I wasn’t much of an athlete growing up. I played some team sports, baseball mostly, but by High School had pretty much settled on playing the drums and video games. I got out of shape, and didn’t really care much. College was much the same; working and going to school fulltime didn’t really lend itself to staying in shape (though I know better now).

After graduating college and entering the workforce, I discovered something magical: leisure time. What do I do with all this leisure time? I decided to try out a triathlon. That turned out to be a lot of fun so I did a few more. After a while it became clear that running was my favorite of the tri sports, so I took it to the next level and gave the marathon a shot. At no point was I ever a competitor in these events, in most cases I was just racing to finish. On a good day I finished middle of the pack. It didn’t matter though, I was in better shape than I had been my entire life, and I felt good most of the time (barring any long runs).

Fast forward 4 years.

Low Volume High Intensity

I credit my brother with turning me on to low volume high-intensity training. Somewhere toward the end of 2008 we both found ourselves at a loss with our typical training methods, so he started suggesting something new. Here is an example:

  • Run a punching bag up a set of bleachers 5 sets at a time, as fast as you can now.
  • Pull another punching bag 20 yards, run to the other end of the rope, do it again.
  • Throw 10lb medicine ball as far as you can. Run to it. Throw it back.
  • Do all that again 8-10 times
  • Roll up in fetal position

Since I was fine with giving up on the marathoning, this training was a welcome reprieve. I had my workouts wrapped up in the span of a half an hour, and only felt terrible as long as it took me to recuperate (which at first was a lot). I began to equate it this way:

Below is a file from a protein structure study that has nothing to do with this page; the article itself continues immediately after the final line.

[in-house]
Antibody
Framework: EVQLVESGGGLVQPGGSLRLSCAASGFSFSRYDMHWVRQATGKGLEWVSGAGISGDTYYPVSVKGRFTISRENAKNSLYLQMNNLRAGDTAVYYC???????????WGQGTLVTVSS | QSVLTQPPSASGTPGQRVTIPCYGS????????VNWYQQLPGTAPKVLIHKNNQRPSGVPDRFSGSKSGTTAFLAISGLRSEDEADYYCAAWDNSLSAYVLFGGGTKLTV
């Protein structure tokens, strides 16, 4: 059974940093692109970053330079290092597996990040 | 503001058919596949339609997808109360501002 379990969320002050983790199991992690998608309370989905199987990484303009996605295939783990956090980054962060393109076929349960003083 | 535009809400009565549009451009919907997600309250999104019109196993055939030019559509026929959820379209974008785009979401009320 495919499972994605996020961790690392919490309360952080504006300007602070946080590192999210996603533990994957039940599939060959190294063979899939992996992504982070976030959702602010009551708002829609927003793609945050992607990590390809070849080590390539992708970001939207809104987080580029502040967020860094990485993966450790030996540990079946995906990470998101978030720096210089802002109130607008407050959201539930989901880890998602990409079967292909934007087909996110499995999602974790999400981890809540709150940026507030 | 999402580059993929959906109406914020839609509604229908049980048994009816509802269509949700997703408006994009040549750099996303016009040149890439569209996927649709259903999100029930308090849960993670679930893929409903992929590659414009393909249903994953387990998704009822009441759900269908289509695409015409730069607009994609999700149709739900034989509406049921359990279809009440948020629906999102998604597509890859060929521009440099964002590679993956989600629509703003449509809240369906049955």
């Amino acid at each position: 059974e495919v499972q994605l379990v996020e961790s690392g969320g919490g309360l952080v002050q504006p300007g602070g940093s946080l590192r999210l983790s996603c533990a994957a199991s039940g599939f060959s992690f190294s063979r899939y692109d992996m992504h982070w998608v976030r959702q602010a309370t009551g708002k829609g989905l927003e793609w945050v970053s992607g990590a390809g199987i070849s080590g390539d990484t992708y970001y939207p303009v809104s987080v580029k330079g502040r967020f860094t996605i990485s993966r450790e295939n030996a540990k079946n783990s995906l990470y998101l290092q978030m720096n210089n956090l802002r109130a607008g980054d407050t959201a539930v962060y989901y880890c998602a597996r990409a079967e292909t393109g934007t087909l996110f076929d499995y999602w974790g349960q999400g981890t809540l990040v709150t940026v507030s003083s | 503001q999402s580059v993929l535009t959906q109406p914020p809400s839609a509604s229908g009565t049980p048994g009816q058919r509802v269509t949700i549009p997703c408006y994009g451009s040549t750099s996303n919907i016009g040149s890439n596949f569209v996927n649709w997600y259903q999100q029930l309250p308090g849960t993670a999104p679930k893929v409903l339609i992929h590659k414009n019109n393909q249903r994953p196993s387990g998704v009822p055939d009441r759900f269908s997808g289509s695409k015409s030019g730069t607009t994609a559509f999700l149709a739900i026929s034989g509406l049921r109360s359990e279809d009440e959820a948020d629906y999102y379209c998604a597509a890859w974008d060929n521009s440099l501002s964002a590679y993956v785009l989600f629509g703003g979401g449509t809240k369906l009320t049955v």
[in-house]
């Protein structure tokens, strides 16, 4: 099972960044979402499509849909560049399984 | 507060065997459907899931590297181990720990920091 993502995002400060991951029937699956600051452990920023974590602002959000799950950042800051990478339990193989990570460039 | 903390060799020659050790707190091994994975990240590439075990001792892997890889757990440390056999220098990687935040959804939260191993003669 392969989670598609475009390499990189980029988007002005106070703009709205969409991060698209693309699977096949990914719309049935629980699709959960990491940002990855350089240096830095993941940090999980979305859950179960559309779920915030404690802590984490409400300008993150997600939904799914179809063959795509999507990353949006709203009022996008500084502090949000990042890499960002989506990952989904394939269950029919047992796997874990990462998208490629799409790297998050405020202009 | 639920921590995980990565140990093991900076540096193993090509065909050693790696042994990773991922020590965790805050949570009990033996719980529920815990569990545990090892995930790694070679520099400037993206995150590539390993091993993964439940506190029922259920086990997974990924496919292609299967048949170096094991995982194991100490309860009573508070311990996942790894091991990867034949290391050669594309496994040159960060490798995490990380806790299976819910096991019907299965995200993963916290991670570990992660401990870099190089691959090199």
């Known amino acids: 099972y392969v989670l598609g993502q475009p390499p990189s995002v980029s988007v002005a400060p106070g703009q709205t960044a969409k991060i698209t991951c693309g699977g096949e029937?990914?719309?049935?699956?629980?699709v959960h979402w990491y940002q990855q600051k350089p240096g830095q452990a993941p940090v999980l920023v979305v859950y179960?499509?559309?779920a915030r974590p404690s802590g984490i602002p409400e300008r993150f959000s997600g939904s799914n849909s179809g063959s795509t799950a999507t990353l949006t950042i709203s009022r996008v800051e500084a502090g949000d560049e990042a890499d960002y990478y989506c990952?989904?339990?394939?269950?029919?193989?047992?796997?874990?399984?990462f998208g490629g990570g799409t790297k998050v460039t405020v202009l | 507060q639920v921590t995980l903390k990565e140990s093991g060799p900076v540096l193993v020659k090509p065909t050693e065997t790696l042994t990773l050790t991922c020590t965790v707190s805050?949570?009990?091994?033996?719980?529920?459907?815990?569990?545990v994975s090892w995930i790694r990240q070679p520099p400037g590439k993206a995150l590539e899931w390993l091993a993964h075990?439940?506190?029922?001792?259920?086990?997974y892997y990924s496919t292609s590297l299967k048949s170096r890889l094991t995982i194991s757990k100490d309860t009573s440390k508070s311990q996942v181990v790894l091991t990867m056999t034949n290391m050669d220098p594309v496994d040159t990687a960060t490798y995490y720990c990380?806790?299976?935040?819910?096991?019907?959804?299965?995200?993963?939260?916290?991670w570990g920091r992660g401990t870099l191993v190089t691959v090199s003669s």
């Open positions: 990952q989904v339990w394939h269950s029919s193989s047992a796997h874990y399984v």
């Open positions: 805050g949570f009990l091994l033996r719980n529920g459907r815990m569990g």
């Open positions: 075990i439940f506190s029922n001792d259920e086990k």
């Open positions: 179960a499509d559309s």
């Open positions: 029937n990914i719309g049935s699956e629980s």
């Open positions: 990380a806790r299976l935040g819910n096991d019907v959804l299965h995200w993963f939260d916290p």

My heart beats the same number of times as it would on a long run, I just compacted it all into 20 minutes.

Not very scientific.

We continued to train this way a few days a week, usually getting together on Sundays and the occasional weekdays, all the while I kept up my normal training with long slow distance runs, rides, and swims (here after referred to as LSD training). At some point my brother mentioned his friends were doing something called Crossfit. I had never heard of it, so I checked it out online.

The Crossfit “prescription” is “constantly varied, high-intensity functional movement”. This is the first time a training methodology has ever “clicked” with me. I am not a specialist in life. At some point I will go into a lengthy article about how I learned not to be a specialist, but for now suffice it to say that finding a training methodology that gave me the freedom to synergize and NOT specialize was exactly what I had been looking for. For a detailed account of their methodology and general physical preparedness, I suggest checking out the site linked above, FAQs, and the “What is Fitness” article.

I began doing the workouts of the day on a semi regular basis in the Spring of 2009 as an experiment while still performing my typical LSD training in the triathlon sports. Having done this on my own now, I would suggest anyone moving to a program of this sort build up a moderate fitness base before jumping in (though you can scale any workout). From dabbling I discovered the following:

  • The increase in strength was having a significant positive impact on an existing knee injury (Runner’s knee). This may also be attributed to running barefoot or in Vibram Five Fingers almost entirely (that’s a topic for a different post).